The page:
The total solar eclipse on Monday, August 21 will be the first total solar eclipse in 99 years. This extraordinary cosmic spectacle will pass through 13 states, and everyone in the continental U.S. will have the opportunity to see at least a partial eclipse, making it the most widely viewed American eclipse of all time. Commencing at 10:15 a.m. PDT (1:15 p.m. EDT), a lunar shadow 73 miles wide will take one hour and 33 minutes to travel from Oregon on the west coast to South Carolina on the east, allowing continuous observation for 90 minutes. To help you prepare, we’ve included links to resources - what you need to know and how to safely view the eclipse. In addition, that evening at 9:00 p.m. on WCVE PBS and WHTJ PBS, NOVA will broadcast “Eclipse Over America”, featuring same-day footage shot by PBS stations across the country.
Watch NOVA: Eclipse Over America August 21 at 9:00 p.m. on WCVE PBS/WHTJ PBS.
Check listings for additional air-times.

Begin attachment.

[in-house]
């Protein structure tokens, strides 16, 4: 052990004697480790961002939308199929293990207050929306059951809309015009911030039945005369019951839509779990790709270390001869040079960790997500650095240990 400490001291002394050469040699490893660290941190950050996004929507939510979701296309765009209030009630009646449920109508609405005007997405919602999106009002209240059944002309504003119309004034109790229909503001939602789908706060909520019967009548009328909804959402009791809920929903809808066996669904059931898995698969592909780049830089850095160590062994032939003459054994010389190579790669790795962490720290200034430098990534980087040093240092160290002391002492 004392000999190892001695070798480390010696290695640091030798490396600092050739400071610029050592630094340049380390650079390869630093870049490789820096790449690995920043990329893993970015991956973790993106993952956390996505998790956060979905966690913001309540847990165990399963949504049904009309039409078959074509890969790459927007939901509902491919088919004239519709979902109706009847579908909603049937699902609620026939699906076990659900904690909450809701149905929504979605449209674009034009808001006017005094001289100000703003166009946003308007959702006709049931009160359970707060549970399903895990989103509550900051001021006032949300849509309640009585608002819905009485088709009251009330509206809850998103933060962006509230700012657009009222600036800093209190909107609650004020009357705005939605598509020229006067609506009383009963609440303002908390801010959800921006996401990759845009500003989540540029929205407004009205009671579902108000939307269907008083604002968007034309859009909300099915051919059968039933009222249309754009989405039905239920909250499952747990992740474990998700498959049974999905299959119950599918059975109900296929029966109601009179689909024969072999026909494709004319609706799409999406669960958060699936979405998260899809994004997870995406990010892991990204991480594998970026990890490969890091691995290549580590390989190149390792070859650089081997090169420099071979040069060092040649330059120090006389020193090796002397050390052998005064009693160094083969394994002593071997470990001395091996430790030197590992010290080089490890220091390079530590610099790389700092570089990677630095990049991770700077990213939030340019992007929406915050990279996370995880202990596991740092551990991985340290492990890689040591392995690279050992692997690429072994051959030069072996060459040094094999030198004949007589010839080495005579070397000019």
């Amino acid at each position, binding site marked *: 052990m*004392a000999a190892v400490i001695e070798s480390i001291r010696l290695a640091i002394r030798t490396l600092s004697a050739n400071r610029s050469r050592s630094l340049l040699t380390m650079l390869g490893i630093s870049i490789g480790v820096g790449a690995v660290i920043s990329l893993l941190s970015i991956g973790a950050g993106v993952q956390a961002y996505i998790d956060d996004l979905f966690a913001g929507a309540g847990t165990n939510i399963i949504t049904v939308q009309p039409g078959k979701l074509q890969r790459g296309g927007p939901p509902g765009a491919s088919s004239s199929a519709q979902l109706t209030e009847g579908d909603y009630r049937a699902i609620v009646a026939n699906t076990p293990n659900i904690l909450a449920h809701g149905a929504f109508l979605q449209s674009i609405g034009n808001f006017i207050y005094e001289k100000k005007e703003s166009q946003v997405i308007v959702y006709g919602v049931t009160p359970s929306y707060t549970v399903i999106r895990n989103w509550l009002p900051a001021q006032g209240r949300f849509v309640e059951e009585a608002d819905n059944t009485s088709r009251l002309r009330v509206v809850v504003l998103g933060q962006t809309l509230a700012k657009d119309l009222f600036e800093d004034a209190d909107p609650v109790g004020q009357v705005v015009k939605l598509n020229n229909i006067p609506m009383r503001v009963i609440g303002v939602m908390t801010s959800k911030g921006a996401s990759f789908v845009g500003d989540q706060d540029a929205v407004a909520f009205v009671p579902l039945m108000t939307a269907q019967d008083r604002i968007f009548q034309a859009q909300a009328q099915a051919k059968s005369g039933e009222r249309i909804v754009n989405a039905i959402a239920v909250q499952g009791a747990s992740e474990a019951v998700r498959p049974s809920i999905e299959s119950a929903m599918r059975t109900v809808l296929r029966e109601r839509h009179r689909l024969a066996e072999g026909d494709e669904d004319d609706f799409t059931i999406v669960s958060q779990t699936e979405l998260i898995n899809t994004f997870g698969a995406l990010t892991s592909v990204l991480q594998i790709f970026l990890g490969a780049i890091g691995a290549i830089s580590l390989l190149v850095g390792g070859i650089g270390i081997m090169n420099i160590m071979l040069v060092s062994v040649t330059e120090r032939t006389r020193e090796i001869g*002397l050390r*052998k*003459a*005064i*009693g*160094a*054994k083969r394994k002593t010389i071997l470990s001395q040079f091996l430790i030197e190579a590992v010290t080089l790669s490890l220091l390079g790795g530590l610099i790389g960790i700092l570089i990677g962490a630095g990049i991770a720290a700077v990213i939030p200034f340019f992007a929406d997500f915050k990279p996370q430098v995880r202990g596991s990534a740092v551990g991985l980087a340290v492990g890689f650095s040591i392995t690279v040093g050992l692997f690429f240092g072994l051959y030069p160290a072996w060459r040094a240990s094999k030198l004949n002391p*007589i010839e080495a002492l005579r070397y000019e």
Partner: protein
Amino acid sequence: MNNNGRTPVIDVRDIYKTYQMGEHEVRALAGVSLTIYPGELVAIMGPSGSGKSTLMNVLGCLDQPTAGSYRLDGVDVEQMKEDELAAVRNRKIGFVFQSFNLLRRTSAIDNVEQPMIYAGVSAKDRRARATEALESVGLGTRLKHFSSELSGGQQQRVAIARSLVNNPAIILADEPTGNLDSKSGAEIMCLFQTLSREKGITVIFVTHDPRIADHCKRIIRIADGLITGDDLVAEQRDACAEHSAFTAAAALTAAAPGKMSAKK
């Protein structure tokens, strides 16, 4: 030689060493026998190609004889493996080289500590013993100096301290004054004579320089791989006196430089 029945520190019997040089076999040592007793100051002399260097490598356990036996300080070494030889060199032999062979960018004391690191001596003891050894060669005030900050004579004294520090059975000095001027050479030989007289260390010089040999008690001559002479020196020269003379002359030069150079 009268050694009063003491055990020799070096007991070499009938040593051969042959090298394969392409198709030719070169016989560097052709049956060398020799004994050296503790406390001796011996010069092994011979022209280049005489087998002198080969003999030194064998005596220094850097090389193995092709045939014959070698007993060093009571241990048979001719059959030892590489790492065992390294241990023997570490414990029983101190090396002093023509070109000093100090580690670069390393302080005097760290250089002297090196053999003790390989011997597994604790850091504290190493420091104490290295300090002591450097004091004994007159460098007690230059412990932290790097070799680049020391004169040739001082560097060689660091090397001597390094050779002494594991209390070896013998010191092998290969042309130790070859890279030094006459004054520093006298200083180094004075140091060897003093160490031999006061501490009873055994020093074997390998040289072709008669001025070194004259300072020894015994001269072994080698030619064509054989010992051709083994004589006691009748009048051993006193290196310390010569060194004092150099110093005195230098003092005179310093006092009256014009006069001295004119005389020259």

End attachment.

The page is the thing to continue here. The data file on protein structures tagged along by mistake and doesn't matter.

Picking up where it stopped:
NOVA’s most extensive fast-turnaround film to date, “Eclipse Over America” will be the ultimate companion to this spectacular celestial event. NOVA will follow teams working on the forefront of solar science and solar storm detection, incorporating immersive CGI animation to reveal the sun’s secret mechanisms, stunning sequences of the eclipse itself, NASA footage, and more. NOVA will also collaborate with several local public television stations along the path of totality, who will provide footage shot in their own back yards, illustrating the excitement the eclipse generates across the nation.
Local Solar Viewing Events and Solar Eclipse Parties:
- Henrico Public Libraries
- Richmond Main Library
- Brown’s Island
- Science Museum of Virginia
- Lewis Ginter Botanical Garden
- “Totality by Big Kid Science” FREE app
- Eclipse through the Eyes of NASA
- NASA Total Solar Eclipse
- Solar Eclipse: Tools and Resources for Teachers, webinar August 15, 2017
- Research Projects taking place during eclipse
- NASA Maps of the Eclipse
- PBS Toolkit for Teachers
- Resource Guide for families
- Eclipse materials on PBS Learning Media
- Citizen Science Projects
Web and Social Media:
- NOVA’s Facebook Live Broadcast, August 21
- NASA Live Video Streams
- Best Live Streams
- NPR Live Eclipse Coverage
- Safe Viewing Practices – Exploratorium
- What’s the Difference Between a Solar and a Lunar Eclipse? Physics Girl
Additional Science Matters Articles:
- Interview with UVA Astronomer Ed Murphy
- Millions to Converge August 21 in Total Eclipse Zone
- Question Your World: What Can We Learn From the Solar Eclipse?
National Public Radio (NPR) Coverage:
Information about Solar Glasses: